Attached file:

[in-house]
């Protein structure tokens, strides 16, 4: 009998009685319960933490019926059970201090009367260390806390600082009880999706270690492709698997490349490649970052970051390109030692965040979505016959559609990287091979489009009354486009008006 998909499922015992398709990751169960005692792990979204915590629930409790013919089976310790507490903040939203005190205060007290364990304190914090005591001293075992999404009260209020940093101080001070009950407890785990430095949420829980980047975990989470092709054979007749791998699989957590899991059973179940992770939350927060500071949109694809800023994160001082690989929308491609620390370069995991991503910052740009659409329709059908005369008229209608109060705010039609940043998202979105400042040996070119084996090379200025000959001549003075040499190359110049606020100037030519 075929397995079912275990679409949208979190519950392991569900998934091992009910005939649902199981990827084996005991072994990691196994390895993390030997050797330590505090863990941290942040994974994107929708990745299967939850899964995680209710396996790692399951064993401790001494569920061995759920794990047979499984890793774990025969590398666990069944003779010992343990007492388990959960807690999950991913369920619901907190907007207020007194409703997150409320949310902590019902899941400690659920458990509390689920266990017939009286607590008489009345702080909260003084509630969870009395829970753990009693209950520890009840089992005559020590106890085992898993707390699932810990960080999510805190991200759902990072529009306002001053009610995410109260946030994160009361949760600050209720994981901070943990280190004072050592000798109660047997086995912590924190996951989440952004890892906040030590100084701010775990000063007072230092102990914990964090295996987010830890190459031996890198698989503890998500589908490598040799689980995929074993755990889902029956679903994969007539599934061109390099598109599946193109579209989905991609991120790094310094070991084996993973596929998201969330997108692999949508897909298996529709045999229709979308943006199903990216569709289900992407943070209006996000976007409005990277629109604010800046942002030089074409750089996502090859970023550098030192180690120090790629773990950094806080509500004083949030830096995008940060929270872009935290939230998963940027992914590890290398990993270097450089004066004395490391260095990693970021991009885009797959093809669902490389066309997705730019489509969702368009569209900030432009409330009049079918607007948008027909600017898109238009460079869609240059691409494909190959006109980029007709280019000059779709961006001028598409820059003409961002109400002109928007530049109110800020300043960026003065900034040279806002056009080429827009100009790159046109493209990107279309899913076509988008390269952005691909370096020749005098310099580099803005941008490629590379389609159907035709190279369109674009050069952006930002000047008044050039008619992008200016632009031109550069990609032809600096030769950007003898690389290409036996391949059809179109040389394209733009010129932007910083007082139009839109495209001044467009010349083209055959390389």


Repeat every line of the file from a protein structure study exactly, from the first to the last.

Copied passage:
[in-house]
């Protein structure tokens, strides 16, 4: 009998009685319960933490019926059970201090009367260390806390600082009880999706270690492709698997490349490649970052970051390109030692965040979505016959559609990287091979489009009354486009008006 998909499922015992398709990751169960005692792990979204915590629930409790013919089976310790507490903040939203005190205060007290364990304190914090005591001293075992999404009260209020940093101080001070009950407890785990430095949420829980980047975990989470092709054979007749791998699989957590899991059973179940992770939350927060500071949109694809800023994160001082690989929308491609620390370069995991991503910052740009659409329709059908005369008229209608109060705010039609940043998202979105400042040996070119084996090379200025000959001549003075040499190359110049606020100037030519 075929397995079912275990679409949208979190519950392991569900998934091992009910005939649902199981990827084996005991072994990691196994390895993390030997050797330590505090863990941290942040994974994107929708990745299967939850899964995680209710396996790692399951064993401790001494569920061995759920794990047979499984890793774990025969590398666990069944003779010992343990007492388990959960807690999950991913369920619901907190907007207020007194409703997150409320949310902590019902899941400690659920458990509390689920266990017939009286607590008489009345702080909260003084509630969870009395829970753990009693209950520890009840089992005559020590106890085992898993707390699932810990960080999510805190991200759902990072529009306002001053009610995410109260946030994160009361949760600050209720994981901070943990280190004072050592000798109660047997086995912590924190996951989440952004890892906040030590100084701010775990000063007072230092102990914990964090295996987010830890190459031996890198698989503890998500589908490598040799689980995929074993755990889902029956679903994969007539599934061109390099598109599946193109579209989905991609991120790094310094070991084996993973596929998201969330997108692999949508897909298996529709045999229709979308943006199903990216569709289900992407943070209006996000976007409005990277629109604010800046942002030089074409750089996502090859970023550098030192180690120090790629773990950094806080509500004083949030830096995008940060929270872009935290939230998963940027992914590890290398990993270097450089004066004395490391260095990693970021991009885009797959093809669902490389066309997705730019489509969702368009569209900030432009409330009049079918607007948008027909600017898109238009460079869609240059691409494909190959006109980029007709280019000059779709961006001028598409820059003409961002109400002109928007530049109110800020300043960026003065900034040279806002056009080429827009100009790159046109493209990107279309899913076509988008390269952005691909370096020749005098310099580099803005941008490629590379389609159907035709190279369109674009050069952006930002000047008044050039008619992008200016632009031109550069990609032809600096030769950007003898690389290409036996391949059809179109040389394209733009010129932007910083007082139009839109495209001044467009010349083209055959390389």